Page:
Finders, keepers. Right?
Well, adults will likely respond with, “It depends.”
OK. This is something that was obviously discarded … but it was seven meticulously cared-for photo albums of a family … but the person who found them put a lot of work into them to create a play … but the person who threw them away may not have had the right to discard them.
Lawyers became involved and, in the end, James Long was left with a play that presents these moral and legal questions and more.
Clark and I Somewhere in Connecticut is a one-man show that began with these fateful words, “Hey, forget about the cannibalism for now.”
He had been walking his dog when he found a suitcase full of albums. He left them there, since they did not belong to him, but returned after speaking with a partner about their next theatrical production (with the cannibalism theme).
“There were 40 years of history of this one family,” says Long over the phone. “Beautiful photos, an incredible amount of writing. These things were meticulously cared for.
“But someone threw them away. What could possibly have happened.”
Already partially rain-damaged, he retrieved the suitcase and worked with the albums for four weeks.
“I just wanted to discuss the photos and personal stories. I showed it to a workshop and all they wanted to know was the story of the people in the photographs.”
Long investigated further and, after a year, drew the attention of the family who wanted them back. It was a granddaughter, with addiction issues, who committed the “drive-by dumping” in that alley.
There were photos in there that the family never knew about and, besides, there were family rifts, an early death of a child and, really, their faces. They wanted their privacy.
“Screw you,” Long felt. “I found them and I worked on them for a year.”
This is out of character for Long, who respects his own privacy to the point that he doesn’t even have a Facebook page … odd for an actor.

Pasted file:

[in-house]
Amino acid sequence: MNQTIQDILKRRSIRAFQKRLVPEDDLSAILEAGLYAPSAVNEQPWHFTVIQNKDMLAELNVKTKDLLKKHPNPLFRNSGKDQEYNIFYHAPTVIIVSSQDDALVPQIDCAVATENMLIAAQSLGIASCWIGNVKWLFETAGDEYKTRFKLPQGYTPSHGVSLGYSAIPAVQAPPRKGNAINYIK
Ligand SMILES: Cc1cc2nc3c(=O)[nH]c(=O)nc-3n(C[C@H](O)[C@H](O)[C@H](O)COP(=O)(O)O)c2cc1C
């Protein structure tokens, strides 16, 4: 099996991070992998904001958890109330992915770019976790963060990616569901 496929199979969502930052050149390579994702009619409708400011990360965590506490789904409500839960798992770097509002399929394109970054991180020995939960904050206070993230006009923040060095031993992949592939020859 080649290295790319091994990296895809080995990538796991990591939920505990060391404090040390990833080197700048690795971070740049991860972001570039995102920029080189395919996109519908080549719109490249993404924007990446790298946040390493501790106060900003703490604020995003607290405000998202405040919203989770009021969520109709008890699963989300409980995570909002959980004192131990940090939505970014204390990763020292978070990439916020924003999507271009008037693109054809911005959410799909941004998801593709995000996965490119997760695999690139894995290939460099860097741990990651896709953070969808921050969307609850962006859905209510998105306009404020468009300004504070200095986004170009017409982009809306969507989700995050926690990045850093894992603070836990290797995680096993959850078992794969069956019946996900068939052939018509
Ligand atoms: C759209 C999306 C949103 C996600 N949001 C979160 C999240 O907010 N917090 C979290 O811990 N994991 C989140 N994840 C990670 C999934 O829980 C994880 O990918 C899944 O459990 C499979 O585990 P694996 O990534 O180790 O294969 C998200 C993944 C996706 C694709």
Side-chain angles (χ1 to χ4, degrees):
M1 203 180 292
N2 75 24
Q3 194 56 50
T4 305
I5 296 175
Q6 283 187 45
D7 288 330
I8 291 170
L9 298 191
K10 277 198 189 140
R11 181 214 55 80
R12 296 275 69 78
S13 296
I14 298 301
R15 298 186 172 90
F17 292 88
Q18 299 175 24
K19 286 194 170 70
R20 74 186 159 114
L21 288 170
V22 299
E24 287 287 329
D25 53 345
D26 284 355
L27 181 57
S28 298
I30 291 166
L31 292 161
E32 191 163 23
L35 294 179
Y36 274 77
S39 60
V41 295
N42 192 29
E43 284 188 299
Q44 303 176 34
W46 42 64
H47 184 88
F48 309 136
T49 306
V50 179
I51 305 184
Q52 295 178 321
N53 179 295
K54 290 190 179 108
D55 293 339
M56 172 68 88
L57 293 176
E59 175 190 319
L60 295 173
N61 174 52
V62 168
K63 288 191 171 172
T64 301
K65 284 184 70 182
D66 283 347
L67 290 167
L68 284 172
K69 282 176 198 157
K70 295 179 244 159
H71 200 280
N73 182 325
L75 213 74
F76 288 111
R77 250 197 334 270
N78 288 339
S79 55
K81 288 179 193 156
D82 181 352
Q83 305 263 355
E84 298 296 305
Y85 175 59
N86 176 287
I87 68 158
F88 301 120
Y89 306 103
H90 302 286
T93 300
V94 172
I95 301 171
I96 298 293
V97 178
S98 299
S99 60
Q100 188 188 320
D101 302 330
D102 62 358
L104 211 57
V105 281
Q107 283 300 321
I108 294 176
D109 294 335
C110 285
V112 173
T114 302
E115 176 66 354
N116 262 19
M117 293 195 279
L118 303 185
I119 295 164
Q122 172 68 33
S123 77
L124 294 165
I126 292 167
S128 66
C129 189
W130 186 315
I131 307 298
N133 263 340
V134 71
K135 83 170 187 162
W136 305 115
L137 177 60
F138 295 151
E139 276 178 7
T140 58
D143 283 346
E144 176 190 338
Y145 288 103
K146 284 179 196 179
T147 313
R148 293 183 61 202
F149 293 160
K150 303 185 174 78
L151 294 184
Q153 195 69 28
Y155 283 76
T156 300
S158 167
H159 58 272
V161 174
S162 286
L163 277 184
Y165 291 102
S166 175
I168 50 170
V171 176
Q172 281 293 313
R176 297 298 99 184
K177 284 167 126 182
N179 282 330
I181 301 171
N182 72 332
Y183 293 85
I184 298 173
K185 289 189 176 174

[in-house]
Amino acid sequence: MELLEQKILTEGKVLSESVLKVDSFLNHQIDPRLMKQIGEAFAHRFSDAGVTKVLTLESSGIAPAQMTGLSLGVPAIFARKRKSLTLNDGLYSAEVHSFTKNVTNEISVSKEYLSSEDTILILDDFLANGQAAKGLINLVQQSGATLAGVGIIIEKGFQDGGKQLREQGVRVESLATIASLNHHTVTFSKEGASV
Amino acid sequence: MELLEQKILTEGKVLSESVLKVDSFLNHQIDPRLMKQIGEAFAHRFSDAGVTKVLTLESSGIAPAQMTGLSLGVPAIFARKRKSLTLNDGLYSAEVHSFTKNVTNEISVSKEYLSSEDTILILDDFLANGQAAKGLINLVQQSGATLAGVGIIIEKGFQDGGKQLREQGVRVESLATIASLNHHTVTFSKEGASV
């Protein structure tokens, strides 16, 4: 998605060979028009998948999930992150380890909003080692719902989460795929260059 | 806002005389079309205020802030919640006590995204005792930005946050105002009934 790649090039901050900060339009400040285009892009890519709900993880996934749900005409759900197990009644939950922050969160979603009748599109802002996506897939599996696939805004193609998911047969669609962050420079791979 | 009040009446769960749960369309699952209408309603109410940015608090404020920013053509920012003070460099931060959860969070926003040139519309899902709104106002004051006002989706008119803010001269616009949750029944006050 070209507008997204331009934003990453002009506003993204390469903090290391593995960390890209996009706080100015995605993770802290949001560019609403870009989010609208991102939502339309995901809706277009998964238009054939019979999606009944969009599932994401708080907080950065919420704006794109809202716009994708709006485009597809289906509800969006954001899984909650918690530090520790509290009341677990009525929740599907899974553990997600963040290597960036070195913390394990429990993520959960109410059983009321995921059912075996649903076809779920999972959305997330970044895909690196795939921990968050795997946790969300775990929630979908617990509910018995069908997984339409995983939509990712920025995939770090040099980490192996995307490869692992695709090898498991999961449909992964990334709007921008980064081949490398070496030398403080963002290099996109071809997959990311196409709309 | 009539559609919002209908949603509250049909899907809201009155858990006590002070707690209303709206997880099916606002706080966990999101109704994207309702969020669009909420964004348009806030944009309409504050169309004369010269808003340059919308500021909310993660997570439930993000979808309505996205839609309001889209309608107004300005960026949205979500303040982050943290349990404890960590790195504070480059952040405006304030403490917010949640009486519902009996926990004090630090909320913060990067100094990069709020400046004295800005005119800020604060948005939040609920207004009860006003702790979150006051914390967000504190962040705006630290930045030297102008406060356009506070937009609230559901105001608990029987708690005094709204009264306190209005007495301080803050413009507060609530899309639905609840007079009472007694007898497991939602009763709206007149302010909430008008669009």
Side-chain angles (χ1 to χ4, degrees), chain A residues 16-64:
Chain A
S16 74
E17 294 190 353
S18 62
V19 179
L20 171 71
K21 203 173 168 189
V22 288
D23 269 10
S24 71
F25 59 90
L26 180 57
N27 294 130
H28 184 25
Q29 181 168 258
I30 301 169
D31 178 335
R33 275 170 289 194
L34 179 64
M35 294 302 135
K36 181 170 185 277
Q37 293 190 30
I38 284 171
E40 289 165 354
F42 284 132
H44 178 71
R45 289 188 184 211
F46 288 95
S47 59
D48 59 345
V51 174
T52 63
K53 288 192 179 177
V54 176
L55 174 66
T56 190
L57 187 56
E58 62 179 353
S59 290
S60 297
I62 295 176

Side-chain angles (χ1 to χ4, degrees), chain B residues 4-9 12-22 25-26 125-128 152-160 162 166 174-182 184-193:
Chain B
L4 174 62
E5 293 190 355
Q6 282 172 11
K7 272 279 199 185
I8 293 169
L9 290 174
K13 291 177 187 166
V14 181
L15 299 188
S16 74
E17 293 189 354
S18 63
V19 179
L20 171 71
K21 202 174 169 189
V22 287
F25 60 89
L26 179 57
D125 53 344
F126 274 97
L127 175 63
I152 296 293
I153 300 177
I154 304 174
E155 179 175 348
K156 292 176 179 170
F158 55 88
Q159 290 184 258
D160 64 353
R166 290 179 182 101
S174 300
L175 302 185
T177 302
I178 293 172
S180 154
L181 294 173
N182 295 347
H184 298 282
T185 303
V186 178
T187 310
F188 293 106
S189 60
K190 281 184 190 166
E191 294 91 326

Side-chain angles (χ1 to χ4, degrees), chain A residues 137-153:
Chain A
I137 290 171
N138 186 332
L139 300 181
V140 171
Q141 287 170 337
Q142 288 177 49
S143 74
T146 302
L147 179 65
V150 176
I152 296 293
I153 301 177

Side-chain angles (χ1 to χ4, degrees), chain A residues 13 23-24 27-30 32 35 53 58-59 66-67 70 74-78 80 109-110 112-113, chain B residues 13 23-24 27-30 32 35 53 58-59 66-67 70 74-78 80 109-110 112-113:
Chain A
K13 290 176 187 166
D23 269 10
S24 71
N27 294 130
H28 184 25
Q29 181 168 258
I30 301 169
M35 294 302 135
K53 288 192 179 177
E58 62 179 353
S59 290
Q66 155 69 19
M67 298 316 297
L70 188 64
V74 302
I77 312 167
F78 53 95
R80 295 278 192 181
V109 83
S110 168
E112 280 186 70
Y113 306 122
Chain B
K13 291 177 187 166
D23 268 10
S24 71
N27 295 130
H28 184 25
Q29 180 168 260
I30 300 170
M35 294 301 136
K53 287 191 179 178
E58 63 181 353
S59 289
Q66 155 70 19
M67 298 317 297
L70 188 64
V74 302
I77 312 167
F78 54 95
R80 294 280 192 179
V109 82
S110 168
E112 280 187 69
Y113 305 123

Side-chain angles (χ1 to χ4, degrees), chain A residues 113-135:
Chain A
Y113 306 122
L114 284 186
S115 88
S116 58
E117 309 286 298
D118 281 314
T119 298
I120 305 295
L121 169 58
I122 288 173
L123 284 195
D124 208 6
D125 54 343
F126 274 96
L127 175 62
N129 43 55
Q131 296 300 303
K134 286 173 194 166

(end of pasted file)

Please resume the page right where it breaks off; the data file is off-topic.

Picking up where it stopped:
With blurred-out faces, the play now examines the morality and legality of exposing the story of one family.
Publicizing the play, Long has had many conversations with journalists who deal with these issues every day: “The most common questions are, ‘If I find a book, what would I do?’ and ‘If you find my book, what would I do to prevent you from using it?'”
But is this entertainment?
“I’m wearing a bunny suit and dancing around,” says Long with a laugh.
Oh yeah, about the bunny suit: Long explains that there is an image of one person in a bunny suit, whom he never learned the identity of.
“It was Easter, 1978, and it was one of these little punctum points,” he says. Then to explain this meaning, he adds, “A punctum point is a little detail that you discover and the meaning just pops.”
It could be hands touching or someone looking in a slightly different direction.
With the guy in the bunny suit (and Long believes it is a man), the meaning of the angle of his head and his strange placement could change the “story” depending on who is wearing it.
So, there is a video component of the play that shows different people wearing the costume, performing memory exercises.
“It’s stunning,” says Long, putting aside the thought-provoking nature of the play for a moment. “It has really beautiful theatre design.”
Clark and I Somewhere in Connecticut will be presented at the Old Fire Hall from Jan. 20 to 23, at 7:30 p.m.
Tickets are available at the Yukon Arts Centre Box Office, Arts Underground and www.yukontickets.com.